Science and ethics: normative ethics may not need a foundation - but it does need scienceReport as inadecuate




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(2009) Mark abstract The relation between ethics and science forms since long the subject of intense debate. Although it is generally agreed that science can describe morality and explain its evolutionary origins, there is less consensus about the ability of science to provide input to the normative domain of ethics. Whereas defenders of a ‘scientific ethics’ appeal to naturalism, its critics either see the naturalistic fallacy committed or argue that the relevance of science to normative ethics remains undemonstrated. In this paper, it is not only argued that these criticisms contradict each other, but also that a difference in conception of normative ethics underlies the disagreement between proponents and opponents of a ‘scientific ethics’. Based on a reconsideration of the notions ‘naturalistic fallacy’ and ‘foundational ethics’, it is analyzed how scientific insights are relevant to normative inquiries in the context of nonfoundational ethics. By way of example, it is shown that science is considerably relevant because it informs ethics about the options open to the ethical debate. Finally, whereas certain ‘scientific ethicists’ stress the philosophical project of naturalizing the normative, here we focus on the practical interaction between biological sciences and normative concepts, and on the problem-solving capacity of this interaction.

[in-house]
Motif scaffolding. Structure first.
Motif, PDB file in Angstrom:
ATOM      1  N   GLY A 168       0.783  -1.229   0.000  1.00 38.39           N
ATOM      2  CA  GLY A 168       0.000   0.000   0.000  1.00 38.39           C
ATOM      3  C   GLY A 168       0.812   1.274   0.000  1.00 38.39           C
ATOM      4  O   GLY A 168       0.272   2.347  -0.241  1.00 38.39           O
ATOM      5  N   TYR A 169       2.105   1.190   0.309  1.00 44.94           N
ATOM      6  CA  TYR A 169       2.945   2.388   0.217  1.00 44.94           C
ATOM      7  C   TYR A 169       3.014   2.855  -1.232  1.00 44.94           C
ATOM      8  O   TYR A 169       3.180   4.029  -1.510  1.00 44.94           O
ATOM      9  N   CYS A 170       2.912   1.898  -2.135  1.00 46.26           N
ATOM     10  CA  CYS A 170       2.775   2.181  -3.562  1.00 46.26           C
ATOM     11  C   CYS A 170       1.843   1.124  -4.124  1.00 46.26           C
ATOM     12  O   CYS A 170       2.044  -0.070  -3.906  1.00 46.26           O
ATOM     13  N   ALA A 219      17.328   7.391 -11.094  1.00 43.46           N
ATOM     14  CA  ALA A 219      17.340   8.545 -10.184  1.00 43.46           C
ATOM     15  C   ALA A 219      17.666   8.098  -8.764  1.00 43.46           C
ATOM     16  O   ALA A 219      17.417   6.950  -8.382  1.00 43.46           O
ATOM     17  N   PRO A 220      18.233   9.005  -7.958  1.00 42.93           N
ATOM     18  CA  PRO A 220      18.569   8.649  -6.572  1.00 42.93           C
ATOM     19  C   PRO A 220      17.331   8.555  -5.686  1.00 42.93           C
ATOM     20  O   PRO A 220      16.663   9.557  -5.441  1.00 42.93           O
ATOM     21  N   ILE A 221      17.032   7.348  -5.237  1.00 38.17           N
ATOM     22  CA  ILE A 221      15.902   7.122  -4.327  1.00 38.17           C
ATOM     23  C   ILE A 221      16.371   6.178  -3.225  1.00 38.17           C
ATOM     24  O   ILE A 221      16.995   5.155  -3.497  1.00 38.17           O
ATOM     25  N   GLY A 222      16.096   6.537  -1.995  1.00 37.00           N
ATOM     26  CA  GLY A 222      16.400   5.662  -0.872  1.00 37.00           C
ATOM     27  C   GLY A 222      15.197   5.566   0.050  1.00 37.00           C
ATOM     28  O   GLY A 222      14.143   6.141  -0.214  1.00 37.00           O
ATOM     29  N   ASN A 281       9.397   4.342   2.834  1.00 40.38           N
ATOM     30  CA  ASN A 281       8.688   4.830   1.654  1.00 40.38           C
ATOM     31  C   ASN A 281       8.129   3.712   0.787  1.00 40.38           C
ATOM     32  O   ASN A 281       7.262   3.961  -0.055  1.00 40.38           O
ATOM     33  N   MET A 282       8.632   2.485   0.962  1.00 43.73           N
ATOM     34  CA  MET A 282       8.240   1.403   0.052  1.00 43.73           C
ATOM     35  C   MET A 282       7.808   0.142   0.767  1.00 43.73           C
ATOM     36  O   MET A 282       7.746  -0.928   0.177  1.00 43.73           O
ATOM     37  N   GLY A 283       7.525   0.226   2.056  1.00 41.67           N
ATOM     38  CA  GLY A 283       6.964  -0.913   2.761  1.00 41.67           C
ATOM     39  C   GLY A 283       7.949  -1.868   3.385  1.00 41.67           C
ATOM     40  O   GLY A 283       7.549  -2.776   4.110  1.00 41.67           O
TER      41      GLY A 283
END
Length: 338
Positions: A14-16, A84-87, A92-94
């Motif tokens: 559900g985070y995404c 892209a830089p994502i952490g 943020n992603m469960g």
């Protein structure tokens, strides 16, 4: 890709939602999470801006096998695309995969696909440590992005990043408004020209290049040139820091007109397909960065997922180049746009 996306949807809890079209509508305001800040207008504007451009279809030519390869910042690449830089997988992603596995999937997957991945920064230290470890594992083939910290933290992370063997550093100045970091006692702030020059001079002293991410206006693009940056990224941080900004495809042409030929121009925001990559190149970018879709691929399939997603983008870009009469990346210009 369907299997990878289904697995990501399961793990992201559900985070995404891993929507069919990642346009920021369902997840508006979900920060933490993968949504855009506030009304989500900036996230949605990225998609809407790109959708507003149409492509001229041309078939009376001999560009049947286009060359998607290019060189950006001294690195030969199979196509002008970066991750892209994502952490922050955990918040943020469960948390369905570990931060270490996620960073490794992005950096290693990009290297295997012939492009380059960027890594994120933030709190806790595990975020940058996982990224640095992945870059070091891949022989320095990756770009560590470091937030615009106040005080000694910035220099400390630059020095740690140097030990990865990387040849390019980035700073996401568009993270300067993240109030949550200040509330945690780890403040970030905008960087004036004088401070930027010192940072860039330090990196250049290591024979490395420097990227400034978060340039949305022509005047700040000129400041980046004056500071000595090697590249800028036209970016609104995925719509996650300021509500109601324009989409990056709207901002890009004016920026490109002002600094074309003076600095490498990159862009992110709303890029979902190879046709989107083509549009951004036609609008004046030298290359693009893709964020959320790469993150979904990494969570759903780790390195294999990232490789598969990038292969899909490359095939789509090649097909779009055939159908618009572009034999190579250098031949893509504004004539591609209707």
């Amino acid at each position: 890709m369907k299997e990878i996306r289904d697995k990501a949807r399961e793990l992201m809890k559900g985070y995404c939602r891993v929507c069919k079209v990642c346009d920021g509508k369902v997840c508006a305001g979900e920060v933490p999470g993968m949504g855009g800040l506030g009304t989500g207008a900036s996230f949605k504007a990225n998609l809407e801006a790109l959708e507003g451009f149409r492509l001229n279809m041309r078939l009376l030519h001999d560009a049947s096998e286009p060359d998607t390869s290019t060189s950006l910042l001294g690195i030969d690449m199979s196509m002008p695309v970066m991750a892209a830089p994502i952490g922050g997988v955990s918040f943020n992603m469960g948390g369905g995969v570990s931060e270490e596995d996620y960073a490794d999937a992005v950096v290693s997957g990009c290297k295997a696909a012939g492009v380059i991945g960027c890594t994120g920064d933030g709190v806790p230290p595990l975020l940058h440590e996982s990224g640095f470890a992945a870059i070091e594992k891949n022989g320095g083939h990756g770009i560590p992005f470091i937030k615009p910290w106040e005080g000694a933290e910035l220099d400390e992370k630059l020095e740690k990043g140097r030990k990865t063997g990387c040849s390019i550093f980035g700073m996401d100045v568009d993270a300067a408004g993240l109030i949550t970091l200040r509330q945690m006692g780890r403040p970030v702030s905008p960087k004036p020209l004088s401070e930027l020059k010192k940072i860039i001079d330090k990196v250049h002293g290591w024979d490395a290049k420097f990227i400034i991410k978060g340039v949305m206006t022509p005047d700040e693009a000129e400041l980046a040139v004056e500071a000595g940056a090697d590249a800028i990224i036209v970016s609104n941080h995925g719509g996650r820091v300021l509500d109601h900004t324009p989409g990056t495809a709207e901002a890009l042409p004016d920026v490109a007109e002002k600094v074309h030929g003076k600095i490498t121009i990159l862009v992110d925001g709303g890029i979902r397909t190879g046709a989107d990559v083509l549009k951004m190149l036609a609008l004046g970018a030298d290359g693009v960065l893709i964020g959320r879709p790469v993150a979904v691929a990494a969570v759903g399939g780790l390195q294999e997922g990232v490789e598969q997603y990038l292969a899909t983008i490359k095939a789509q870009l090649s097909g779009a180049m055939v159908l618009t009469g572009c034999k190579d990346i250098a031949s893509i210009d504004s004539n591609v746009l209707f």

Please use this url to cite or link to this publication: http://hdl.handle.net/1854/LU-837970



Author: Katinka Quintelier

Source: https://biblio.ugent.be/publication/837970



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